Pale Rider

Film Title

Pale Rider

Synopsis

Anonymous man ruins capitalism in small California town.

Director

Clint Eastwood

Cast

Clint Eastwood as the Right Reverend Scowl and Squint
Richard Dysart as Moustache Twirler
Chris Penn as Moustache Twirler Jr.
Michael Moriarty as the Common Clay of the New West... you know, a moron.

Fair value of Pale Rider: $2.00. This is a middling Clint Eastwood western, surprisingly old-fashioned, which is really only for the Eastwood completists.

And Death Was His Name: After a posse of hired thugs devastate a ramshackle prospecting camp, a young girl prays for justice. Soon enough, Preacher (Clint Eastwood) appears, silently and inexorably fighting back the machinations of industrial miner Coy LaHood (Richard Dysart).

Who Will Like This Film? Anybody that likes Westerns, and can’t get enough of the Man With No Name.

Who Won’t Like This Film? Pale Rider is a throwback to 1950s Westerns, with one dimensional villains, a classic ‘mining baron vs. villagers’ plot, and no real character development to the nameless protagonist.

Old Testament: There are glimmers of a better film within this film. Production values are top notch, and there is a solid supporting cast (Doug McGrath, Chris Penn, Michael Moriarty). But the whole thing falls flat, because they’re not given much to do other than observe as Preacher steadily wears away at the LaHood empire.

At no point does it ever feel like Eastwood is facing actual danger or adversity- and the star carries the film with a weary resignation. It’s a textbook case of going through the motions. With previous iterations of ‘The Man With No Name’, Eastwood at least conveyed a playfulness, or greed, or some suggestion of an interior life with the character. No such luck here.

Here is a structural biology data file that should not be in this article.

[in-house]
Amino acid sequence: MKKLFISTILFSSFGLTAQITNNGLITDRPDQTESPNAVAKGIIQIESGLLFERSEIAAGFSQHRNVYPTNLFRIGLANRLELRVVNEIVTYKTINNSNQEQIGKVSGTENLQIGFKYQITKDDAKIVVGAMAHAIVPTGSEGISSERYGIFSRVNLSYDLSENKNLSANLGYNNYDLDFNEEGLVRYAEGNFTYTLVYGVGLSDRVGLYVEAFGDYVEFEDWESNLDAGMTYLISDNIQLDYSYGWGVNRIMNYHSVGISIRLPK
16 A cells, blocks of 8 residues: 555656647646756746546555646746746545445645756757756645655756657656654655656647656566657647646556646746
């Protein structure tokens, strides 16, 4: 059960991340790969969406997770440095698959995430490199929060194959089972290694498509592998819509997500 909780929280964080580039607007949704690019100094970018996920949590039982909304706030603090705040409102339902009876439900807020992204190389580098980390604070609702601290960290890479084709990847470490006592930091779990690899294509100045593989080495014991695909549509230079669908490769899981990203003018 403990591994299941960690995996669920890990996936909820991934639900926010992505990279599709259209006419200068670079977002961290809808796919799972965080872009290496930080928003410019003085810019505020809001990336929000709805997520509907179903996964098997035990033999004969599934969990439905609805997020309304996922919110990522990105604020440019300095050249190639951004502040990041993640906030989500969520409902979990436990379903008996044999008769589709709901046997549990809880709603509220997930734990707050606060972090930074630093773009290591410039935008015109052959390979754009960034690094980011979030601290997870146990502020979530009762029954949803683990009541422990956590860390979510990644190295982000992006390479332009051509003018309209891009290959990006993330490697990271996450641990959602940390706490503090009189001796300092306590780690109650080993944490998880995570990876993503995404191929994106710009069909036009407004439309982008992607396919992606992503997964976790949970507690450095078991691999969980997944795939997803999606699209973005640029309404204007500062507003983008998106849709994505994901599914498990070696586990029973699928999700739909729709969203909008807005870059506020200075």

What hasn’t aged well: It’s super skeevy to have both the teen-aged girl and her mother both hitting on and pursuing a man in his mid-50s, especially when it’s as monosyllabic and misanthropic as Eastwood’s character.

Also, the film doesn’t really give anything for the villains to do, other than get knocked down. Chris Penn and Robert Kiel turn in good performances, but they’re really just playing speed-bumps.

Had this film been willing to be more supernatural and religiously controversial, there might have been something. The film toys with the idea that Preacher is some kind of angel or revenant… had it gone further with this idea, maybe being a bit more like the Christopher Walken in The Prophecy, there might have been something to be said for the film. As it is, this film is almost like Blazing Saddles, minus the jokes, if you replaced Gene Wilder with a wooden Indian.

Is This Film Worth Re-watching? I’d describe this film as late night filler in a Western marathon. It’s got enough going on to make it watchable, but it’s also inessential, an anachronism in it’s own time that’s only more anachronistic nowadays.

About Devon Pack

I wanted to write with Ruthless because frankly rancor, contempt and dismay are my best muses.